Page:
The battle lines were drawn anew early in February 1988. The knights stood together, clad in mail and livery, and braced their lances in readiness. For more than twenty-five years, they had desperately defended their title against the onslaughts of the enemy. Once more, the enemy was in the capitol, and once more the knights of the Maryland Jousting Tournament Association would resist the dishonor of lacrosse becoming the official state sport.
When a state legislature selects an official sport, the chosen activity usually represents a tradition or some essential quality of the state identity. Alaska, home of the Iditarod, selected dog mushing. Likewise, Texas and California picked sports iconic to their histories and cultural images: rodeo and surfing, respectively. In 1962, the Maryland General Assembly faced the question of what sport best represented the unique history and character of the state and its people. In what might be a surprise to many readers today, the lawmakers in Annapolis picked a centuries-old tourney competition derived from medieval combat techniques.
Jousting first emerged in the eleventh century as a form of staged combat, in which mounted warriors entertained crowds of spectators by charging at one another in thunderous crashes of lance and shield. The modern version of jousting recognized by the laws of Maryland is somewhat more subdued; contestants try to spear rows of rings rather than blast their opponents from their saddles. However, the modern sport maintains some of the pomp and pageantry of the knightly competitions. Competitors are required to choose a fanciful title to compete under (e.g. Knight of Cedar Lane or Maid of Bartram Manor), with the winner crowning a “Queen of Love and Beauty” at the conclusion of the events.
The sport version of jousting has been practiced in Maryland since the early days of the colony but truly gained popularity in the years following the Civil War. In 1866, the St. Mary’s Gazette printed an article celebrating a jousting tournament in Prince George’s County meant to raise money for Southerners after the war; one of the participants rode under the rather unsubtle nom de guerre of “Knight of the Lost Cause.”
Over the following decades, jousting remained a popular, if niche, sport in Southern Maryland. Its ongoing draw is attested by semi-regular feature pieces in local newspapers. The journalistic accounts brought a number of contestants into the spotlight, such as Jacob Burtner (Knight of Elm Hill), the seventy-year-old Knight of Elm Hill who had jousted since 1903, and Mary Lou (Maid of Bartram Manor) and George Bartram (Knight of Cedar Lane), the brother and sister pair that started the Maryland Jousting Tournament Association in 1950. However, perhaps the most impactful jouster in the public eye was Henry J. Fowler (Knight of Mechanicsville), who was both president of the Maryland Jousting Tournament Association and a state delegate in 1962. In February, Fowler introduced a bill to make jousting the official sport of Maryland and the first state sport in the nation. At the time of the bill’s introductions, jousters claimed that it was it was “the only true Maryland sport” and that the rear of the state seal had a portrait of an armored Lord Baltimore astride a warhorse. On March 6, 1962, H.B.-80 passed the State Senate and jousting was enshrined in Maryland law.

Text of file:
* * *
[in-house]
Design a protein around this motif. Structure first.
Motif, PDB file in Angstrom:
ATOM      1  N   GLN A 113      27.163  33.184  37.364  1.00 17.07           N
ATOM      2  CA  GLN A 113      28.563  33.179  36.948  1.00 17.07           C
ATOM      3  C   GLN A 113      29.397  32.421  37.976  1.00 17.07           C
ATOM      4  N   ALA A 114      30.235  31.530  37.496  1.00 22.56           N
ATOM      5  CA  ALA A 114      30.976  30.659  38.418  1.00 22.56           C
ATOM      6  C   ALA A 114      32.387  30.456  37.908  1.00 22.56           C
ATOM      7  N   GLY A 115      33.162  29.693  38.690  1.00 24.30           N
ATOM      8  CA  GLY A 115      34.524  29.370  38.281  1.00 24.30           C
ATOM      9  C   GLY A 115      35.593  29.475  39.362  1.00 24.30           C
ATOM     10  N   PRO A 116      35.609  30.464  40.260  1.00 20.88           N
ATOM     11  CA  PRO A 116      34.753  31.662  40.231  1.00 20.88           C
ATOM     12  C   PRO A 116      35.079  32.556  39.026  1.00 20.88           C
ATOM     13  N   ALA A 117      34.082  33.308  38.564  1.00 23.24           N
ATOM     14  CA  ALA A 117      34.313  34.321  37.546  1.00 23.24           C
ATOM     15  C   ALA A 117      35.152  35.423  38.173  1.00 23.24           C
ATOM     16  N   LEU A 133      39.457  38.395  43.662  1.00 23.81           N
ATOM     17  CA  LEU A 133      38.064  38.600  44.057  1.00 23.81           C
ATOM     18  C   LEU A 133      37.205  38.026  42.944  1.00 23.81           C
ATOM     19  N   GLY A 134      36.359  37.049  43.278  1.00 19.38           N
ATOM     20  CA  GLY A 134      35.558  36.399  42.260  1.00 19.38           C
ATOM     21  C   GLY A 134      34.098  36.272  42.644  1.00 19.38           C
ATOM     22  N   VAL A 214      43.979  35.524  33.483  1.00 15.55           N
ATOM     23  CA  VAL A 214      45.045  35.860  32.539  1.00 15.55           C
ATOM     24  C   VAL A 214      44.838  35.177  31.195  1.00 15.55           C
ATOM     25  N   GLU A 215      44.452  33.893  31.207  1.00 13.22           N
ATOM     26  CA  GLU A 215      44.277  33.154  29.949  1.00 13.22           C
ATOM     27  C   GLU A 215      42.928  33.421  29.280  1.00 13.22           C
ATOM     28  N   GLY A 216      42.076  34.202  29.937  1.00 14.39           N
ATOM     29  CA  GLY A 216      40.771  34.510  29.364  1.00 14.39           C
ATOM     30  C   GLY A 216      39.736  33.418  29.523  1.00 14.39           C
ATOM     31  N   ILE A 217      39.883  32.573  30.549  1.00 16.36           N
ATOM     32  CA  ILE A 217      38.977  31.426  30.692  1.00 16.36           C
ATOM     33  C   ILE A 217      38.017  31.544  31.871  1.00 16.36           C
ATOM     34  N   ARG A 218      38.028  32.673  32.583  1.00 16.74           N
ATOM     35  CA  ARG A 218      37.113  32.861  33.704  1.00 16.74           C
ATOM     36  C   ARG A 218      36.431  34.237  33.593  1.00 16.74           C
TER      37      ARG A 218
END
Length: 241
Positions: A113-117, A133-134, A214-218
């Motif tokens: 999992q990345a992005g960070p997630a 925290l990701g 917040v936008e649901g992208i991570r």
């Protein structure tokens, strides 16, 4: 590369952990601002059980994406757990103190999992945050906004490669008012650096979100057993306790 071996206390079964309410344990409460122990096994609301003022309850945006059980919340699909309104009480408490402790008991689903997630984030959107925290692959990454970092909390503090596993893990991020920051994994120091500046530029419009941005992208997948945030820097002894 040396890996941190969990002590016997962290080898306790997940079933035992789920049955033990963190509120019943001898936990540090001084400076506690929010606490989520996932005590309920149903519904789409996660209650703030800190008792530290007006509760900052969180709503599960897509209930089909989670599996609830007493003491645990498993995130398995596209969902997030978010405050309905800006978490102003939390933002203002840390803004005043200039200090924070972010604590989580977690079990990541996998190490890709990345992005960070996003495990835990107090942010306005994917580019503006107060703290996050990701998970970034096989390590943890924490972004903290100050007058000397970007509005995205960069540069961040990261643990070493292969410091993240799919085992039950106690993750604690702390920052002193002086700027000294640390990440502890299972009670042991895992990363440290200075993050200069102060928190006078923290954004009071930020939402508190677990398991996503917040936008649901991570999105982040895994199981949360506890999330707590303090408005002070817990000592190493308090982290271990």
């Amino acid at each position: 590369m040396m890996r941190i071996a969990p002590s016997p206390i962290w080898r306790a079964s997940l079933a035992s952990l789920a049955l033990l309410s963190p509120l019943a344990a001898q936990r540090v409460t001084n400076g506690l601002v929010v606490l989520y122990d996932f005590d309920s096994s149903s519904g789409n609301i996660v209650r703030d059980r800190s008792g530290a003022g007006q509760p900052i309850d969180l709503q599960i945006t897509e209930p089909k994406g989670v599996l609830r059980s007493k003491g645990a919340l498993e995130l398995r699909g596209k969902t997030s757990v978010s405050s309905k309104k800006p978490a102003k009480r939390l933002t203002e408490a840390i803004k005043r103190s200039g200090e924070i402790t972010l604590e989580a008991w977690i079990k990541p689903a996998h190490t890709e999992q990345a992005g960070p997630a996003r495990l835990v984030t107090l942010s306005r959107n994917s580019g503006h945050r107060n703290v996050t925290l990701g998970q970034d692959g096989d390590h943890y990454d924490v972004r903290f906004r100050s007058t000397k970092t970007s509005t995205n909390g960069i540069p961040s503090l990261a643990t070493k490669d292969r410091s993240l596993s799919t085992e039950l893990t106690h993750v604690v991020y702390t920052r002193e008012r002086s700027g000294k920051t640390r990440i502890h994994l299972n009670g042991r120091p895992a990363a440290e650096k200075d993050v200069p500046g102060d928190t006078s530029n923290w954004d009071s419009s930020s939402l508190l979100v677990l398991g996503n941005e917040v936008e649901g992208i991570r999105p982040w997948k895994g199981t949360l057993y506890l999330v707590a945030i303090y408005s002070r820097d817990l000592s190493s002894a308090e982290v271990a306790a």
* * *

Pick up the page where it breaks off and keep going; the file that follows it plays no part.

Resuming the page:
Although fans of jousting were successful in securing the official recognition of their sport, the legislature’s decision sparked almost immediate backlash from lacrosse enthusiasts. Like jousting, lacrosse has had a long and storied history in the state of Maryland. Lacrosse was created by the people of the Six Nations of the Iroquois in what would become New York and Canada.
In 1878, the sport made its way to Maryland after it was picked up by members of the Baltimore Athletic Club and it was rapidly adopted by local universities like Johns Hopkins and the University of Maryland. By the time that jousting was selected as the official state sport, Maryland’s lacrosse teams were among the best in the nation. To this day, UMD’s men’s lacrosse team has never had a losing season and its rivalry with Johns Hopkins is one of the most significant in the sport. The popularity of lacrosse in Maryland was a major point of contention, with one Baltimore Sun commentator stating that instead of jousting, “our great state should be represented by a sport at which we are truly great.”